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Michigan strikes back by suspending elderly barber’s license

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Posted at 7:26 PM, May 13, 2020
and last updated 2020-05-13 19:26:34-04

OWOSSO, Mich. — State regulators on Wednesday suspended the license of a 77-year-old Michigan barber who insisted on cutting hair despite an order to stay closed during the coronavirus pandemic.

Karl Manke has pledged to keep his shop open “until Jesus comes.” A judge declined the state’s request to shut down his shop Monday without first holding a hearing. Regulators took a different path by suspending his barber license and his shop license.

The attorney general's office issued an administrative licensing complaint on Tuesday, alleging several violations of the Michigan Occupational Code and administrative rules, including gross negligence and willful violations of the health and safety rules of a political subdivision.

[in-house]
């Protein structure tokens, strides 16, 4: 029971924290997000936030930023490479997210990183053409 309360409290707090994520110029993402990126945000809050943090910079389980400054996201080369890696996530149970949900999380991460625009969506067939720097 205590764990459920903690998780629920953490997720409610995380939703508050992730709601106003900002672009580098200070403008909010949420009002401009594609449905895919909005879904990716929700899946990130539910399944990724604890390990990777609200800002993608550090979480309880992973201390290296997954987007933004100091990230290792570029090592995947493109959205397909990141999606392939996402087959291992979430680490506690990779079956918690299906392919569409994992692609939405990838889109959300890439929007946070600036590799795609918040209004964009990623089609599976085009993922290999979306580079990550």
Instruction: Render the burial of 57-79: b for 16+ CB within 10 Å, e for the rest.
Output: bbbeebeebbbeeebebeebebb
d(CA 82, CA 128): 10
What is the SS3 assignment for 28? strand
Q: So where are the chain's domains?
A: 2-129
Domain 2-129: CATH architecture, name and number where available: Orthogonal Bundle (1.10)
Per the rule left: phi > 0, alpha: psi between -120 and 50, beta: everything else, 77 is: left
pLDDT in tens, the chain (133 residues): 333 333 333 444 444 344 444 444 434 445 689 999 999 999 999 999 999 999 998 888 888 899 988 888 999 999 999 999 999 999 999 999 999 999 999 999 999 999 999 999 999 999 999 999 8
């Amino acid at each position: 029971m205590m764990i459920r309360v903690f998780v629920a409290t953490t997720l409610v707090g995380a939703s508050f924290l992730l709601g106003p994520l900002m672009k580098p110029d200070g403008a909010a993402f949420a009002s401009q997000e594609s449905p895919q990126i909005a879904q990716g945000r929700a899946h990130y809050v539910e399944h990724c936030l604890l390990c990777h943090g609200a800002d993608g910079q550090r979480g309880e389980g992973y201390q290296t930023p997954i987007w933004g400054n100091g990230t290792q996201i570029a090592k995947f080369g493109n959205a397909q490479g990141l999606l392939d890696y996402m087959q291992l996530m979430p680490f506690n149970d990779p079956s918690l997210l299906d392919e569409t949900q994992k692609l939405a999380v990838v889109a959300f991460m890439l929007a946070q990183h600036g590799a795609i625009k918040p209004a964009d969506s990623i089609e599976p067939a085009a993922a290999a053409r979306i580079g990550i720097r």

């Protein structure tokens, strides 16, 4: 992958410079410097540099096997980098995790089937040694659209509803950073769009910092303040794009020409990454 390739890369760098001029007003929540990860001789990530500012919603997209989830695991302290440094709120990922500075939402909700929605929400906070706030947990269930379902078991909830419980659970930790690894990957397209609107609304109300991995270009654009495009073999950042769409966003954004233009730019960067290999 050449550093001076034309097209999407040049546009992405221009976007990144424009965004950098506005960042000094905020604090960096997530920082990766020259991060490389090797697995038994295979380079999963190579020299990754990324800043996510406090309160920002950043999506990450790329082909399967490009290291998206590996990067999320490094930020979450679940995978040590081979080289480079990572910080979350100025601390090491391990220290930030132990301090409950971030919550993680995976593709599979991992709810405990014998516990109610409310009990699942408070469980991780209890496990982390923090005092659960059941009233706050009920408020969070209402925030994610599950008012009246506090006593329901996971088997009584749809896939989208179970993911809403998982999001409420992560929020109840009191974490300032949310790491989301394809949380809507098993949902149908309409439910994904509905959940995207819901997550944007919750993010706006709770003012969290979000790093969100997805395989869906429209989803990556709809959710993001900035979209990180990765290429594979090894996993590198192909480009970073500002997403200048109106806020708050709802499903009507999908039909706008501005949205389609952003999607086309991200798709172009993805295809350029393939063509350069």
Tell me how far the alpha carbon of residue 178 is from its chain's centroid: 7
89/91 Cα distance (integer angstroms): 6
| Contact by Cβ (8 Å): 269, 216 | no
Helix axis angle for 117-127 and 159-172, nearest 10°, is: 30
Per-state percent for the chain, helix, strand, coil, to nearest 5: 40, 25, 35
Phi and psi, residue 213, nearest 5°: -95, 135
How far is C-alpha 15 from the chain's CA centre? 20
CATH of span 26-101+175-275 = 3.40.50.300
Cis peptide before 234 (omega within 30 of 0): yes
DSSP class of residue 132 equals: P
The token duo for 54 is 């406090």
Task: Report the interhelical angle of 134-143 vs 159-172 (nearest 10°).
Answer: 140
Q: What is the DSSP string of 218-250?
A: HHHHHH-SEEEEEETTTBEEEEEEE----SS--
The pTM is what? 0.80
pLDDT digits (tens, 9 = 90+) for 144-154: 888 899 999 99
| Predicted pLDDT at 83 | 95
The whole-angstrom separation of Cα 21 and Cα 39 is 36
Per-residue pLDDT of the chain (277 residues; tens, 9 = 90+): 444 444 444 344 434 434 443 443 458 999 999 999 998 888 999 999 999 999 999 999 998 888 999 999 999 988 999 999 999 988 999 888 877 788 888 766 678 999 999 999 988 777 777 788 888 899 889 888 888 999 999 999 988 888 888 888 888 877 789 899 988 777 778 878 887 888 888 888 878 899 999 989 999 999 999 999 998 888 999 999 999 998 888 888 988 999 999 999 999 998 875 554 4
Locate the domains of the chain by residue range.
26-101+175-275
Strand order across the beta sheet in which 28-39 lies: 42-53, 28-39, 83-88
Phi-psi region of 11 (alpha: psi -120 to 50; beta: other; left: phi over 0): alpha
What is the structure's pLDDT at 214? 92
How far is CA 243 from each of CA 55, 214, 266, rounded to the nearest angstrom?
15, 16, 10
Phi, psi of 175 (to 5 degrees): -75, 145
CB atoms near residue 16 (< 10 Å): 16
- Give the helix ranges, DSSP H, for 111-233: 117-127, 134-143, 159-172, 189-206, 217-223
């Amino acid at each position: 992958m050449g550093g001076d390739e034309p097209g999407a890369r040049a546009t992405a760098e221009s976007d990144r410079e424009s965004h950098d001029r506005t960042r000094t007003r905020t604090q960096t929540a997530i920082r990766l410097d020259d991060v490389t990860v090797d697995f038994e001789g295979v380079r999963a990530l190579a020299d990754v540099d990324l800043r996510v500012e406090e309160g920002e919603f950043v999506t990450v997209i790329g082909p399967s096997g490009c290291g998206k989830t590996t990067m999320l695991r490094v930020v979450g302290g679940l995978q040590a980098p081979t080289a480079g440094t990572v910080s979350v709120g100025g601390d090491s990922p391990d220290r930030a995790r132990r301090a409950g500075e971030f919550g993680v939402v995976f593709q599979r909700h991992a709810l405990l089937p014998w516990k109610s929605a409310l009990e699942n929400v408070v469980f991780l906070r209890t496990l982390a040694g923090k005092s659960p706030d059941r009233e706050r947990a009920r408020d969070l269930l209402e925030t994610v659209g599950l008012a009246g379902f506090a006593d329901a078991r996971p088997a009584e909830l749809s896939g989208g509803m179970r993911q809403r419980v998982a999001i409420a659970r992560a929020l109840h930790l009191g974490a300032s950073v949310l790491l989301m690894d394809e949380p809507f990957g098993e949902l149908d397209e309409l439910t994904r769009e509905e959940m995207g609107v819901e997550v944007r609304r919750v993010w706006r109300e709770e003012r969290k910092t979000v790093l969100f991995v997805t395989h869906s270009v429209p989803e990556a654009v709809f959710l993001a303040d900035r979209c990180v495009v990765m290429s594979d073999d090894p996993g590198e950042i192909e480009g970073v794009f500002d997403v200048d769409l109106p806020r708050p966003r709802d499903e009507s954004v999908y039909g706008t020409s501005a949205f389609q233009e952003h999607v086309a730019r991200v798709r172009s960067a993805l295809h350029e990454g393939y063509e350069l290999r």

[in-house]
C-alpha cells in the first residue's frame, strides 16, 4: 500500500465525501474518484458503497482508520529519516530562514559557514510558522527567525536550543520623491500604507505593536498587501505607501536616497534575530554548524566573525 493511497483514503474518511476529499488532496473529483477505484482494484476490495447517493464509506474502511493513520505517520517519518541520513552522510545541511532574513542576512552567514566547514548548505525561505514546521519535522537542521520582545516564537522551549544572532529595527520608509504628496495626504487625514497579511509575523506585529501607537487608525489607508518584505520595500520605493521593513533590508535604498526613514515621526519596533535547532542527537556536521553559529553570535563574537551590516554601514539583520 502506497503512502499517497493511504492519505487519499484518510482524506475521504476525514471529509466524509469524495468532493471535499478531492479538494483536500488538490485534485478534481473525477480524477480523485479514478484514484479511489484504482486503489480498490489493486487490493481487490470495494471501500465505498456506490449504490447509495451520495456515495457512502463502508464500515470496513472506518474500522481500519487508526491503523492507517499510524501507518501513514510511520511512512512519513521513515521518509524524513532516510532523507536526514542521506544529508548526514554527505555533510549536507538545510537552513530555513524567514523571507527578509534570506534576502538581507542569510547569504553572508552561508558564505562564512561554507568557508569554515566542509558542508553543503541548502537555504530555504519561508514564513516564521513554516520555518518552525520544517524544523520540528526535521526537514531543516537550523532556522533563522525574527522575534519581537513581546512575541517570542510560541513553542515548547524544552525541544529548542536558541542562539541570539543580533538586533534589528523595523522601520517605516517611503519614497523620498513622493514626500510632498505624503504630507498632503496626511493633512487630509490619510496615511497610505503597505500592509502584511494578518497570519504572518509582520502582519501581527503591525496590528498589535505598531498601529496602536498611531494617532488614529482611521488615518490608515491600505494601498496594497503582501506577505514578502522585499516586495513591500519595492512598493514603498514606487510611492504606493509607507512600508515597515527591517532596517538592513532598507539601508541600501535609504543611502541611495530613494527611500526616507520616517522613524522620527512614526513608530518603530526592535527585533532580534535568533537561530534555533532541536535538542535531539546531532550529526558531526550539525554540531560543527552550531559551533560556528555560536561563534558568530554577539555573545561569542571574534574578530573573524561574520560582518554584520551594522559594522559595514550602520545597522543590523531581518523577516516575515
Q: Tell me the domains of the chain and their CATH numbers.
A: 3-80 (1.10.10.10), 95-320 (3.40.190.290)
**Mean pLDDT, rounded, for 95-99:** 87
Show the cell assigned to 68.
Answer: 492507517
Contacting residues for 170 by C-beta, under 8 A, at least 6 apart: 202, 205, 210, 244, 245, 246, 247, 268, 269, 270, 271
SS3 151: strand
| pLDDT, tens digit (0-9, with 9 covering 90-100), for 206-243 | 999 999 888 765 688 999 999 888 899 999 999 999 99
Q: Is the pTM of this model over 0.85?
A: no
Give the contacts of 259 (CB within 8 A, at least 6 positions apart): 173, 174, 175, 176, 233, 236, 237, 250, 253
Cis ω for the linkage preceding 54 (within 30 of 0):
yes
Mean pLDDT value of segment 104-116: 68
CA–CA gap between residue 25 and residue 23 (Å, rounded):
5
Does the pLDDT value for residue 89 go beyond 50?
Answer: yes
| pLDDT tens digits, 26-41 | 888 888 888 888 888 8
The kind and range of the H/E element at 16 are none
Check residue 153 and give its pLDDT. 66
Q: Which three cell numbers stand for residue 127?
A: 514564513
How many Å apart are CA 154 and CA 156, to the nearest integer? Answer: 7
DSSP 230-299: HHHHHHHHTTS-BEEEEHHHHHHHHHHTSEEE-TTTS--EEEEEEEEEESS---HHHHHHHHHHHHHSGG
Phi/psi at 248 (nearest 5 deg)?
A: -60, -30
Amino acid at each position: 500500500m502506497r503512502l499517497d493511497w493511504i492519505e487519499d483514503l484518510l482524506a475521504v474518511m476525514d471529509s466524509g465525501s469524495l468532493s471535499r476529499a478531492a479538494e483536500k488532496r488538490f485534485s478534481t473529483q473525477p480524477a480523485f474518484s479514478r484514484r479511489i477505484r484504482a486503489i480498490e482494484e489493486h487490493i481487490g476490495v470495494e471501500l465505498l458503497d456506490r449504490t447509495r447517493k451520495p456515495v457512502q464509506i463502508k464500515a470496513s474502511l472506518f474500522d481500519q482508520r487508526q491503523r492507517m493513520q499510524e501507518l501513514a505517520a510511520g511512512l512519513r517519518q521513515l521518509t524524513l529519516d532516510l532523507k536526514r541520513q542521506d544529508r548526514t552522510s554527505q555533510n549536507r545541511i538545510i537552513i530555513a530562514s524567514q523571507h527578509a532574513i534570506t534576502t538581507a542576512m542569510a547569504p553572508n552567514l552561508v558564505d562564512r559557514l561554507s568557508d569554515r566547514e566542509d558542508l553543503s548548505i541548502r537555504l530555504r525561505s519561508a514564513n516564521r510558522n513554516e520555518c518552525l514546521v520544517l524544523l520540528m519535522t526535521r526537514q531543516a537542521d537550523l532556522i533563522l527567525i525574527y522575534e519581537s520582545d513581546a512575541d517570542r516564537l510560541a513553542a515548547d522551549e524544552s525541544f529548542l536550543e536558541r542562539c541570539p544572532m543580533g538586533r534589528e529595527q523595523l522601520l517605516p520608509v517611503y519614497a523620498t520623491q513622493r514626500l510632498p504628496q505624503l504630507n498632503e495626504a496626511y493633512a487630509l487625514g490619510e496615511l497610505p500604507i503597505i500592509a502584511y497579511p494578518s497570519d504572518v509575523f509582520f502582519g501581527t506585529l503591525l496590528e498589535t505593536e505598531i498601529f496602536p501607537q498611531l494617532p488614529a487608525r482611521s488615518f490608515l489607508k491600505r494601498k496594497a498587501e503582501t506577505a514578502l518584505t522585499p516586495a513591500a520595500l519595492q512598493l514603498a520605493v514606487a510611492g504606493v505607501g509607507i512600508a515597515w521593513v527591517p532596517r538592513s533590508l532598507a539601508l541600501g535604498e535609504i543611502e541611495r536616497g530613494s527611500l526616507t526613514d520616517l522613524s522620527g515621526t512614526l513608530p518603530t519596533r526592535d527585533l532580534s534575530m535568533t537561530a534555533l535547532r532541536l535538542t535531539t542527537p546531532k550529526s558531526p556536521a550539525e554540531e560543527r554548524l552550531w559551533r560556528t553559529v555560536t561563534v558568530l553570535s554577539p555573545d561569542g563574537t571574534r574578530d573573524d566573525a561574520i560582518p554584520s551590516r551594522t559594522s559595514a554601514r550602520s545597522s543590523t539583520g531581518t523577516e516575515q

The attorney general's office said the licensing actions follow Manke's statements that he will continue to operate his barbershop despite Gov. Gretchen Whitmer's executive orders requiring the closure of facilities offering non-essential personal care services.

Nessel's office said MDHHS Director Robert Gordon issued an "Imminent Danger and Abatement Order, requiring Manke to close his barbershop and he did not comply.

“It’s pure retribution. It’s abuse of power: How dare you stand up to me?” said Manke’s attorney, Dave Kallman.

The Department of Licensing and Regulatory Affairs declined to comment. Manke can ask for an immediate hearing with an administrative law judge.

His shop is in Owosso, a small town located northeast of Lansing. A woman who answered the phone at his shop said Manke hadn’t been served with the suspension and was still cutting hair. A clipper could be heard buzzing in the background.

Hair salons and barber shops have been closed for weeks by Gov. Gretchen Whitmer in an effort to prevent the spread of the coronavirus. But Manke, wearing a mask, reopened on May 4, saying an extension of the governor’s order had “knocked me to my knees.”

He said he needs to work and can keep his shop and customers safe.

“The government is not my mother, never has been,” Manke said Monday. “I’ve been in business longer than they’ve been alive.”

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